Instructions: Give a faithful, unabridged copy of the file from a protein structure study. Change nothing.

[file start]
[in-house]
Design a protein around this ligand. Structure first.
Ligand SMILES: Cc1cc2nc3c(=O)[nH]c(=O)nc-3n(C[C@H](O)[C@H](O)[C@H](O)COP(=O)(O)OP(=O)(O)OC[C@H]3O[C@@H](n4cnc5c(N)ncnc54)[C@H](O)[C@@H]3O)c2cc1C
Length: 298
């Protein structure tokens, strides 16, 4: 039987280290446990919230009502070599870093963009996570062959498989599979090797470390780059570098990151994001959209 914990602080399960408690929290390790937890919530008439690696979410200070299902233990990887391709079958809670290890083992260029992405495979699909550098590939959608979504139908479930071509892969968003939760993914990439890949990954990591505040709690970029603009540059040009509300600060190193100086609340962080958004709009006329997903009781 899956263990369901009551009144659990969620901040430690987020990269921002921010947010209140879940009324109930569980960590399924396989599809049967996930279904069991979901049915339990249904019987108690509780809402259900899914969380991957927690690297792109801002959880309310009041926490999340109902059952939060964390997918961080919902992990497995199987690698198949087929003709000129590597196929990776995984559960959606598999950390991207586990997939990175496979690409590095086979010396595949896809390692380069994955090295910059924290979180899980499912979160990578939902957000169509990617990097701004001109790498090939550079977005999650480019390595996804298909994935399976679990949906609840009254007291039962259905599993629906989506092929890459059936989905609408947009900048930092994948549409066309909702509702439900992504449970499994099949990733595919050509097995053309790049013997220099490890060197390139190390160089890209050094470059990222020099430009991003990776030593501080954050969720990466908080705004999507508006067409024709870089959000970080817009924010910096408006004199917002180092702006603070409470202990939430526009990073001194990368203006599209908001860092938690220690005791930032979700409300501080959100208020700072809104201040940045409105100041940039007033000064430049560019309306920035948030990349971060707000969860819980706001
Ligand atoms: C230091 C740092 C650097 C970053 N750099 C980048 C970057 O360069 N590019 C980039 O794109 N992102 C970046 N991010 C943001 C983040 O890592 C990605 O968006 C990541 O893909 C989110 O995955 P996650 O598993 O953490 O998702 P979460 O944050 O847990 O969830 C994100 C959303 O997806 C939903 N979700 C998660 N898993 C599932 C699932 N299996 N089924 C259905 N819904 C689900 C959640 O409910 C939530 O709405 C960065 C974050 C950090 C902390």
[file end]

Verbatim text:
[in-house]
Design a protein around this ligand. Structure first.
Ligand SMILES: Cc1cc2nc3c(=O)[nH]c(=O)nc-3n(C[C@H](O)[C@H](O)[C@H](O)COP(=O)(O)OP(=O)(O)OC[C@H]3O[C@@H](n4cnc5c(N)ncnc54)[C@H](O)[C@@H]3O)c2cc1C
Length: 298
């Protein structure tokens, strides 16, 4: 039987280290446990919230009502070599870093963009996570062959498989599979090797470390780059570098990151994001959209 914990602080399960408690929290390790937890919530008439690696979410200070299902233990990887391709079958809670290890083992260029992405495979699909550098590939959608979504139908479930071509892969968003939760993914990439890949990954990591505040709690970029603009540059040009509300600060190193100086609340962080958004709009006329997903009781 899956263990369901009551009144659990969620901040430690987020990269921002921010947010209140879940009324109930569980960590399924396989599809049967996930279904069991979901049915339990249904019987108690509780809402259900899914969380991957927690690297792109801002959880309310009041926490999340109902059952939060964390997918961080919902992990497995199987690698198949087929003709000129590597196929990776995984559960959606598999950390991207586990997939990175496979690409590095086979010396595949896809390692380069994955090295910059924290979180899980499912979160990578939902957000169509990617990097701004001109790498090939550079977005999650480019390595996804298909994935399976679990949906609840009254007291039962259905599993629906989506092929890459059936989905609408947009900048930092994948549409066309909702509702439900992504449970499994099949990733595919050509097995053309790049013997220099490890060197390139190390160089890209050094470059990222020099430009991003990776030593501080954050969720990466908080705004999507508006067409024709870089959000970080817009924010910096408006004199917002180092702006603070409470202990939430526009990073001194990368203006599209908001860092938690220690005791930032979700409300501080959100208020700072809104201040940045409105100041940039007033000064430049560019309306920035948030990349971060707000969860819980706001
Ligand atoms: C230091 C740092 C650097 C970053 N750099 C980048 C970057 O360069 N590019 C980039 O794109 N992102 C970046 N991010 C943001 C983040 O890592 C990605 O968006 C990541 O893909 C989110 O995955 P996650 O598993 O953490 O998702 P979460 O944050 O847990 O969830 C994100 C959303 O997806 C939903 N979700 C998660 N898993 C599932 C699932 N299996 N089924 C259905 N819904 C689900 C959640 O409910 C939530 O709405 C960065 C974050 C950090 C902390």